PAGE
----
Why Was Australia Going To War Essay

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Although most post Second World War alliances with the United states (ANZUS and SEATO defence treaties) played a significant role in Australia going to war, it is only half of the story to just write off the decision as the Australian government blindly following American policy. It is paramount to understand that for latter half of the period preceding full-scale conflict in Vietnam, it was actually Australia who pushed American into further intervention in the region. Reasons as to why Australia would do such a thing are various in nature with the main contributing doctrines regarding communism primarily leading the hearts and minds of the general Australia population. Many Australians had a genuine fear of communism and its ability to, if allowed to, spread incessantly through the Asia-Pacific region and eventually destroy the ‘Australian way of life’. This fear of the ‘red menace’ would eventually culminate into two…show more content…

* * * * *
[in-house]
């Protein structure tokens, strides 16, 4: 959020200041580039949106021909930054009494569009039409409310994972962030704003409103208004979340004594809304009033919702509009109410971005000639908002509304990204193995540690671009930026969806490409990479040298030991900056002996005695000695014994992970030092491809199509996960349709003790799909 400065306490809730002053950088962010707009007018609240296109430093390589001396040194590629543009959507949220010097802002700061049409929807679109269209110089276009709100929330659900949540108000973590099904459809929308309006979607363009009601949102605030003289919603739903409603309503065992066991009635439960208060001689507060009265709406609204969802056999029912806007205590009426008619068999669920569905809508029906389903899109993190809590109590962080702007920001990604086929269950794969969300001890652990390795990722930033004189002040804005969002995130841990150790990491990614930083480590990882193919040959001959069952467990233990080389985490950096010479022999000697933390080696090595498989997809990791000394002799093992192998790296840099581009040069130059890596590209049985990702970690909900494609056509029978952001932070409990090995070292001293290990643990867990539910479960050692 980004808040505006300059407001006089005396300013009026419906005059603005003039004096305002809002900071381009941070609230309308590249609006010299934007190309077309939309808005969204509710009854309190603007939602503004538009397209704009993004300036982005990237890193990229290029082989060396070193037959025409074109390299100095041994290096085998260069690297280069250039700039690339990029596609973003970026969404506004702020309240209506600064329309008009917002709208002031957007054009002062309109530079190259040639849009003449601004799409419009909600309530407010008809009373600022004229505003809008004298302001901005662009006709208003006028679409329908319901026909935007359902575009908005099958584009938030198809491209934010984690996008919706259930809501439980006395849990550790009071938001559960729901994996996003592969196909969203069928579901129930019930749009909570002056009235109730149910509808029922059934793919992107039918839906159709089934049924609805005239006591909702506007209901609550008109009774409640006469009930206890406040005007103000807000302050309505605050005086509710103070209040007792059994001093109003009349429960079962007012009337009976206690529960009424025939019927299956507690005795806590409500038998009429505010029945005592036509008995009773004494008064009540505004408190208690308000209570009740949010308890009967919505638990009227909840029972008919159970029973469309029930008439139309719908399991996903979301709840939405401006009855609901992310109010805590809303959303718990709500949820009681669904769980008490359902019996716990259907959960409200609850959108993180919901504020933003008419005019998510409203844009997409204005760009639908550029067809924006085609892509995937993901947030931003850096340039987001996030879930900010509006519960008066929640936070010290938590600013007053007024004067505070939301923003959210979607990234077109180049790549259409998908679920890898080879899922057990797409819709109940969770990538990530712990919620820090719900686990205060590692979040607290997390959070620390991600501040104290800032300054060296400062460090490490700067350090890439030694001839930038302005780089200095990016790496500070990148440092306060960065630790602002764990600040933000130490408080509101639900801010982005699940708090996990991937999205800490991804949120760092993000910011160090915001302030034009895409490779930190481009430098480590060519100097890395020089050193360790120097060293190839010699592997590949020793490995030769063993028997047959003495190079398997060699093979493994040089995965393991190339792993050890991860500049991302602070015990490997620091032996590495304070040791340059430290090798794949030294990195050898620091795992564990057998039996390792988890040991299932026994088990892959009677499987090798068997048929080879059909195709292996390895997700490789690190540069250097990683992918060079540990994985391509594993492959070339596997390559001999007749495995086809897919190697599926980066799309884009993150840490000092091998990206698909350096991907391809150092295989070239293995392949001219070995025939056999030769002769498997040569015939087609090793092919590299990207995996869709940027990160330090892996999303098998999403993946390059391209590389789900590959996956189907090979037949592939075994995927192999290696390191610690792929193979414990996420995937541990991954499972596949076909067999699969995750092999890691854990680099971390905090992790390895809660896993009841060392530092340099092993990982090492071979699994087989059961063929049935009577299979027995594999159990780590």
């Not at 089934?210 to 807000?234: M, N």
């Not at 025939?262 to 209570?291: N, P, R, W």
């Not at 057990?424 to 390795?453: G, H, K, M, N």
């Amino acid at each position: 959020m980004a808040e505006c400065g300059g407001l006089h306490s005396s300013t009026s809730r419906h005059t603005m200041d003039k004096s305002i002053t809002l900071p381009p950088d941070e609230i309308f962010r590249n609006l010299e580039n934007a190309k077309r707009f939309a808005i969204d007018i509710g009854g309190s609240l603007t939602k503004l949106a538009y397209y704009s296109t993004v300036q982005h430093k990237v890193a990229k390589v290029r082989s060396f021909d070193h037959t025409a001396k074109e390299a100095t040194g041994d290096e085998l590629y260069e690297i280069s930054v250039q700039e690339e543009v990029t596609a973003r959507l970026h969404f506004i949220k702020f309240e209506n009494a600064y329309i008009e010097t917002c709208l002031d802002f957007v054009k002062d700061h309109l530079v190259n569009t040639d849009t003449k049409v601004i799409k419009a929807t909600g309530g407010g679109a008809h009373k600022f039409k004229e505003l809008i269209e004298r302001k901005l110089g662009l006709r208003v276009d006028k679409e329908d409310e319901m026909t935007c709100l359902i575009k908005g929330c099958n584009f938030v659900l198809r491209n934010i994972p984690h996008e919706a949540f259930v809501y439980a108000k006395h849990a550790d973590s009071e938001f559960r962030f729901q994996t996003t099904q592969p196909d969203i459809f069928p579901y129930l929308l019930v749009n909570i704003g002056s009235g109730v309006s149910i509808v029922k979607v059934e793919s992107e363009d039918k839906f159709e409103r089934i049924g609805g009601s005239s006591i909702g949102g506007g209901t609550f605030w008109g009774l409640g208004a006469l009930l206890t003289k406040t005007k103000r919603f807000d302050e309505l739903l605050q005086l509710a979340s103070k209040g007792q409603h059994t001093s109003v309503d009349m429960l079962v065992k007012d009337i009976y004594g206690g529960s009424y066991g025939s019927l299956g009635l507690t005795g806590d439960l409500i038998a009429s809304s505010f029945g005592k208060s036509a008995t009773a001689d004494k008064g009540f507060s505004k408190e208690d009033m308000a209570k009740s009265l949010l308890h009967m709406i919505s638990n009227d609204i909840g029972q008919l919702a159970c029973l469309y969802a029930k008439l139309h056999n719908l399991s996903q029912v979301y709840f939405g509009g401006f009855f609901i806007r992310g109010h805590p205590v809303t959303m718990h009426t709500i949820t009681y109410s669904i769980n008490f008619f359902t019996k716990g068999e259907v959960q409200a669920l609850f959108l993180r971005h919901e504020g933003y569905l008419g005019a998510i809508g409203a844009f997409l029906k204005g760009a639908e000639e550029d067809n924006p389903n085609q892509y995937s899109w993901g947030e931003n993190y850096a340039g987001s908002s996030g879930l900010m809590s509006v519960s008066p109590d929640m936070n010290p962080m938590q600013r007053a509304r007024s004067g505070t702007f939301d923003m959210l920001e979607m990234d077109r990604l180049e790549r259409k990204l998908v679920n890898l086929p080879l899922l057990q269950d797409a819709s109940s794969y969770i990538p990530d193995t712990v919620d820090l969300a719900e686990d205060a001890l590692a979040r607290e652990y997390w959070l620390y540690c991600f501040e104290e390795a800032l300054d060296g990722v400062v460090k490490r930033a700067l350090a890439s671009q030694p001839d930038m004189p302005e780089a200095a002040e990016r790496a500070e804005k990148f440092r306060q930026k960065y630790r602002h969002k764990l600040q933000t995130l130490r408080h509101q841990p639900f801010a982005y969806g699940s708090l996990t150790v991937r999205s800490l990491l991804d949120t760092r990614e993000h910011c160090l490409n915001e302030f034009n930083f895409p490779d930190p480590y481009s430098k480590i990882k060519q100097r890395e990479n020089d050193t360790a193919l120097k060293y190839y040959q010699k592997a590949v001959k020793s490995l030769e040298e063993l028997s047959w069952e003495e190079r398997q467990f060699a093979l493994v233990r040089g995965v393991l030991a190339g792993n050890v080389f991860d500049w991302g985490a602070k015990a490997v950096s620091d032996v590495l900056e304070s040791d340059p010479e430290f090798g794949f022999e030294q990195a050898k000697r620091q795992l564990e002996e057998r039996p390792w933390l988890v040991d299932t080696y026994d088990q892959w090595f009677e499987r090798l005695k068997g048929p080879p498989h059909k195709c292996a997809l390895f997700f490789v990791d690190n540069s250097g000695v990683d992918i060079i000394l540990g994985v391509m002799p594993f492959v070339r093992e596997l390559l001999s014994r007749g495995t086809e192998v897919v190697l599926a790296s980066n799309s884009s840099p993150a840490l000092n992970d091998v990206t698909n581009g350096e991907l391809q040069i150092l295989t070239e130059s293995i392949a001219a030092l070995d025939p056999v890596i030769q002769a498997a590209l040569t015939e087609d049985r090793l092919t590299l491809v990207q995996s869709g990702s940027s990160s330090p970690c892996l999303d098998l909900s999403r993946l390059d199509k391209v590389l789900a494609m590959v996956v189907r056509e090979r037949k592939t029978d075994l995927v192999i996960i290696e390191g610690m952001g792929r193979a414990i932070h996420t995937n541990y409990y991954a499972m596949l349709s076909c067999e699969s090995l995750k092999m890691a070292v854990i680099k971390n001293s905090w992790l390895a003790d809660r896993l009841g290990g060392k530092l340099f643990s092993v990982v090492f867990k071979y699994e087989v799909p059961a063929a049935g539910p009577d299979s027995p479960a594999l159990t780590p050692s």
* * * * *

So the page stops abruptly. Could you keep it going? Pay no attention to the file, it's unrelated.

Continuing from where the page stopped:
Shocked and shaken by the Japanese Empire’s plans and attempts to seize control of the continent in WWII, Australians understood and feared their close proximity to Communism’s spread throughout Asia. Many Australians felt that the situation was a grave matter for the future prospects of Australia’s geopolitical standing and felt that a need to ‘draw the line’ as to how far Communism clutches could spread through the Asia-Pacific region. This doctrine of ‘Forward Defence’ (dealing with the enemy before the got too close for comfort) was highly perpetuated by anti-communist, Liberal Prime Minister Robert Menzies. These various geopolitical and trans-societal factors all play a significant role in the development of Australian military-policy and public opinion throughout the Vietnam War period. These fears and concepts may sound quite brash and juvenile from our hindsight-based, contemporary perspective, but for many Australians then, time to intervene was simply running

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